- Elastic arteries, characterized by the connective tissue present in the tunica media is rich in elastic fibers 11 12 (this looks very good in slides stained with orcein technique-picroíndigocarmín, which stains elastic fibers dark red). 13 These are elastic arteries are those that emerge from the cardiac ventricles (aorta and pulmonary) 14 that need expanded capacity that the elastic fibers were provided.
In both types of arteries, the tunica intima is separated from the tunica media by the inner elastic lamina (composed by elastic fibers).this film is seen very easily in muscular artery slides since it is the unique sheet of elastic fibers in the area. 15 There is also an external elastic lamina, which separates the tunica media of the tunica adventitia. This film is more difficult to distinguish, as opposed to internal, is thinner and is not continuous.
Veins have the same layered structure of the arteries, which receive the same names. 16
Veins, unlike arteries, are a blood return system, driving at low pressure. This is why the tunica media is much thinner than the arteries, which is very useful to distinguish from arteries. 17 18
In fact only in large-caliber veins tunica media can be distinguished as such, in the small-caliber dinner becomes nonexistent.
Veins have valves to prevent the return of blood flow.
CAPILLARIES, VENULES AND ARTERIOLES
The arterioles are the junction element between the arterial system and capillary network. Its mission is to supply blood to the capillary network. To regulate the flow of blood into the capillary network use muscular cells of the tunica media to prevent high pressure in the capillaries or breaks of their walls.
Arterioles have a three-layer structure of the arteries but very simplified, where very often only the endothelium is distinguished, a very thin layer of connective matrix, a single smooth muscle cells and adventitia connective which coincides with surrounding connective tissue. 19
The capillary network is the area of cardiovascular system in which produces the exchange of substances with the tissues. To facilitate this exchange, structure of the capillary wall is highly simplified and only consists of an endothelial cell. 20 21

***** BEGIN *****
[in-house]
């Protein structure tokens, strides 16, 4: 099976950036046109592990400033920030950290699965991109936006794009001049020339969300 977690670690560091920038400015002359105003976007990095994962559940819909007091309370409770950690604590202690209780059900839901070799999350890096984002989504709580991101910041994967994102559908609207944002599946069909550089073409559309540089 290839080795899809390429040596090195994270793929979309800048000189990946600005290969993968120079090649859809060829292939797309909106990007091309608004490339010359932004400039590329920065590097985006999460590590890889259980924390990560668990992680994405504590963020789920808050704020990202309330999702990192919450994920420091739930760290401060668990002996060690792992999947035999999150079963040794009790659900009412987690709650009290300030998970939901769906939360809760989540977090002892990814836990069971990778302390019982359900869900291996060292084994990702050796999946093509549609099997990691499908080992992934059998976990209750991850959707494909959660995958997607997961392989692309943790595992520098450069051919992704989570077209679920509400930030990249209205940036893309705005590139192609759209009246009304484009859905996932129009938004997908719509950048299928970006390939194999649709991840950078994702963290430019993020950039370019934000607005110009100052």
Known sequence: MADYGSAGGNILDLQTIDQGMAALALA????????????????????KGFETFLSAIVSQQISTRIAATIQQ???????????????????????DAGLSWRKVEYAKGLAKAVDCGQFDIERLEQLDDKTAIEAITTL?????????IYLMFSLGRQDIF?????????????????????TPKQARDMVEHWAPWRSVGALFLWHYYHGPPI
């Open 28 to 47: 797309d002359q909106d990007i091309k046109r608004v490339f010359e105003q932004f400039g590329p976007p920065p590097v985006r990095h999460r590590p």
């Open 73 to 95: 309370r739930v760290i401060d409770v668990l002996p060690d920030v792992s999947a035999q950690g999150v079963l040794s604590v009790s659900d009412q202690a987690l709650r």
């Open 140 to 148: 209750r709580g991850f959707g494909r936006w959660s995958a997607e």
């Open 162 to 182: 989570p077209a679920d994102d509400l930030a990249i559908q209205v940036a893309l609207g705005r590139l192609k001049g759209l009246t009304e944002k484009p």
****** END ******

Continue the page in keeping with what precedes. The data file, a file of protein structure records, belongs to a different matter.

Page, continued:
The capillaries have a very small diameter, just enough to pass an erythrocyte, which sometimes has to change its morphology to pass.
According to its wall are three types of capillaries:
- Continuous Capillaries: The wall is absolutely continuous and transport of substances is through the endothelial cell, both active transport and passive transport. The basal lamina is well developed and continuous. These capillaries are found in the CNS, lungs, skeletal muscle and most connective tissues. 21
- Fenestrated capillaries: Endothelial cells have holes, so that the exchange of substances takes place facilitated by fenestration. The basal lamina is well developed and continuous. These capillaries are found in the renal glomeruli, endocrine glands and intestine. 22
- Sinusoidal capillaries (sinusoids): The wall is broken so there is no kind of barrier to the exchange of substances, this is also helped by the fact that the basal lamina is discontinuous. The sinusoids are found in bone marrow, liver and spleen.
The mission is venules is collect the blood from capillary network and drain into the venous system.
In the venules can not distinguish a muscular tunica media, so that the wall is reduced to the tunica intima and connective tissue of the tunica adventitia which merges with the underlying connective tissue of the organ where it is. 23
To distinguish between capillaries, venules and arterioles the main criteria are lumen diameter and wall structure. 23 24
- Locate the three layers of the ventricular wall (endocardium, myocardium and epicardium) in the virtual slide 25a
- Locate the mesothelium and the endothelium in the virtual slide 25a
- Locate capillaries in the endomysium of the myocardium in the virtual slide 26
- Locate the three layers of the atrial wall (endocardium, myocardium and epicardium) in the virtual slide 25b
- Locate the mesothelium and the endothelium in the virtual slide 25b
- Locate the atrial lumen and erythrocytes in the virtual slide 25b
- Locate elastic fibers in the endometrium handset in the virtual slide 27
- Locate elastic fibers in the tunica media of elastic artery in the virtual slide 27 28
- Locate the three layers of the arterial wall in the virtual slide 29
- Locate the tunica intima in the virtual slide 30
- Locate the elastic fibers and muscle cells in the arterial tunica media in the virtual slide 29
- Locate the inner elastic lamina in the virtual slide 30
- Distinguish between vein and artery in the virtual slide 31
- Locate the three tunics of both the vein and the artery in the virtual slide 31
- Locate capillaries and venules in virtual slide 32c
- Locate capillaries in the kidney glomeruli in the virtual slide 33b
- Locate hepatics sinusoids in the vistual slide 34
|Species / Animal group||Rat|
|Microscopy Method||Light field optical microscopy|
|Staining method||Masson's Trichrome|
|Section thickness||5-10 um|
This interactive image shows a cross section of rat heart stained with Masson trichrome technique.
It can be seen clearly atria and ventricles, and the initial portions of the aorta and pulmonary artery. It is also distinguished the ventricular septum that separates the ventricular cavity into two.
This class is opened to collaborations. If you wish to contribute with graphic or written material you can do so sending it from here. The author will receive it and then decide to include it or not, citing you as the source of the material.